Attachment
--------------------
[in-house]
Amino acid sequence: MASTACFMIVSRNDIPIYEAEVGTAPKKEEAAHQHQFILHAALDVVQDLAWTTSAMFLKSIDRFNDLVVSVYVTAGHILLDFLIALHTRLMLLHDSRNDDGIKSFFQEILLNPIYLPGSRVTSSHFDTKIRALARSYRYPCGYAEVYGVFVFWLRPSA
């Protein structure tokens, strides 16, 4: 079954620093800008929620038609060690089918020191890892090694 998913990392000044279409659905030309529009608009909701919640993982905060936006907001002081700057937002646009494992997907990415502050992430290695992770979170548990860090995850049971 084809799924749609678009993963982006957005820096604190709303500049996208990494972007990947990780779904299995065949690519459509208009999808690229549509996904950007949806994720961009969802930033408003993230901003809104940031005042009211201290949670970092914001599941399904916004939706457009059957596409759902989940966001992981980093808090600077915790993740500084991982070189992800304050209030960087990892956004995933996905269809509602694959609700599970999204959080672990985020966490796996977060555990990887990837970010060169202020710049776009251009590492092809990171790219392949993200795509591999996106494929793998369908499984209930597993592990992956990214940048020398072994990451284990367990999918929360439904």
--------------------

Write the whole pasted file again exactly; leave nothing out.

[in-house]
Amino acid sequence: MASTACFMIVSRNDIPIYEAEVGTAPKKEEAAHQHQFILHAALDVVQDLAWTTSAMFLKSIDRFNDLVVSVYVTAGHILLDFLIALHTRLMLLHDSRNDDGIKSFFQEILLNPIYLPGSRVTSSHFDTKIRALARSYRYPCGYAEVYGVFVFWLRPSA
């Protein structure tokens, strides 16, 4: 079954620093800008929620038609060690089918020191890892090694 998913990392000044279409659905030309529009608009909701919640993982905060936006907001002081700057937002646009494992997907990415502050992430290695992770979170548990860090995850049971 084809799924749609678009993963982006957005820096604190709303500049996208990494972007990947990780779904299995065949690519459509208009999808690229549509996904950007949806994720961009969802930033408003993230901003809104940031005042009211201290949670970092914001599941399904916004939706457009059957596409759902989940966001992981980093808090600077915790993740500084991982070189992800304050209030960087990892956004995933996905269809509602694959609700599970999204959080672990985020966490796996977060555990990887990837970010060169202020710049776009251009590492092809990171790219392949993200795509591999996106494929793998369908499984209930597993592990992956990214940048020398072994990451284990367990999918929360439904």